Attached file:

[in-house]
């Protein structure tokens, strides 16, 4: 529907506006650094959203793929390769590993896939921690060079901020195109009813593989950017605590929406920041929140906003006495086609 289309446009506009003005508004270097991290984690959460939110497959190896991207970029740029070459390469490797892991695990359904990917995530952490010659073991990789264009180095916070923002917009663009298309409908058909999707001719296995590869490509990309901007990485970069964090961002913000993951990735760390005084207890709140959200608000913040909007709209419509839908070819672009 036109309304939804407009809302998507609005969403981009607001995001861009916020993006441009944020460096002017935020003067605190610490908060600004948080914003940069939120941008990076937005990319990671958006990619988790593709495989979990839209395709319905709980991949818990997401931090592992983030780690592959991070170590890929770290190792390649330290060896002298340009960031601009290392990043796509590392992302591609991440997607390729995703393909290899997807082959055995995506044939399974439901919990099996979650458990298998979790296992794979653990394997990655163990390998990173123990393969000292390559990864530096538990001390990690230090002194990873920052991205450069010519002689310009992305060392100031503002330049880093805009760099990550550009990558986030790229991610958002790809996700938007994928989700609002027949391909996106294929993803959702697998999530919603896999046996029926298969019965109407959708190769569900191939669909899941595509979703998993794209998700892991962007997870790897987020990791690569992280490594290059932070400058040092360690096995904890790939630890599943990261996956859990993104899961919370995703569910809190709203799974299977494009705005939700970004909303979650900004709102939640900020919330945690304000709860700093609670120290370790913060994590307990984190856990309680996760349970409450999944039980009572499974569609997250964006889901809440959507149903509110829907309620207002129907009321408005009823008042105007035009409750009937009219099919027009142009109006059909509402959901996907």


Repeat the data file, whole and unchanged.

[in-house]
């Protein structure tokens, strides 16, 4: 529907506006650094959203793929390769590993896939921690060079901020195109009813593989950017605590929406920041929140906003006495086609 289309446009506009003005508004270097991290984690959460939110497959190896991207970029740029070459390469490797892991695990359904990917995530952490010659073991990789264009180095916070923002917009663009298309409908058909999707001719296995590869490509990309901007990485970069964090961002913000993951990735760390005084207890709140959200608000913040909007709209419509839908070819672009 036109309304939804407009809302998507609005969403981009607001995001861009916020993006441009944020460096002017935020003067605190610490908060600004948080914003940069939120941008990076937005990319990671958006990619988790593709495989979990839209395709319905709980991949818990997401931090592992983030780690592959991070170590890929770290190792390649330290060896002298340009960031601009290392990043796509590392992302591609991440997607390729995703393909290899997807082959055995995506044939399974439901919990099996979650458990298998979790296992794979653990394997990655163990390998990173123990393969000292390559990864530096538990001390990690230090002194990873920052991205450069010519002689310009992305060392100031503002330049880093805009760099990550550009990558986030790229991610958002790809996700938007994928989700609002027949391909996106294929993803959702697998999530919603896999046996029926298969019965109407959708190769569900191939669909899941595509979703998993794209998700892991962007997870790897987020990791690569992280490594290059932070400058040092360690096995904890790939630890599943990261996956859990993104899961919370995703569910809190709203799974299977494009705005939700970004909303979650900004709102939640900020919330945690304000709860700093609670120290370790913060994590307990984190856990309680996760349970409450999944039980009572499974569609997250964006889901809440959507149903509110829907309620207002129907009321408005009823008042105007035009409750009937009219099919027009142009109006059909509402959901996907």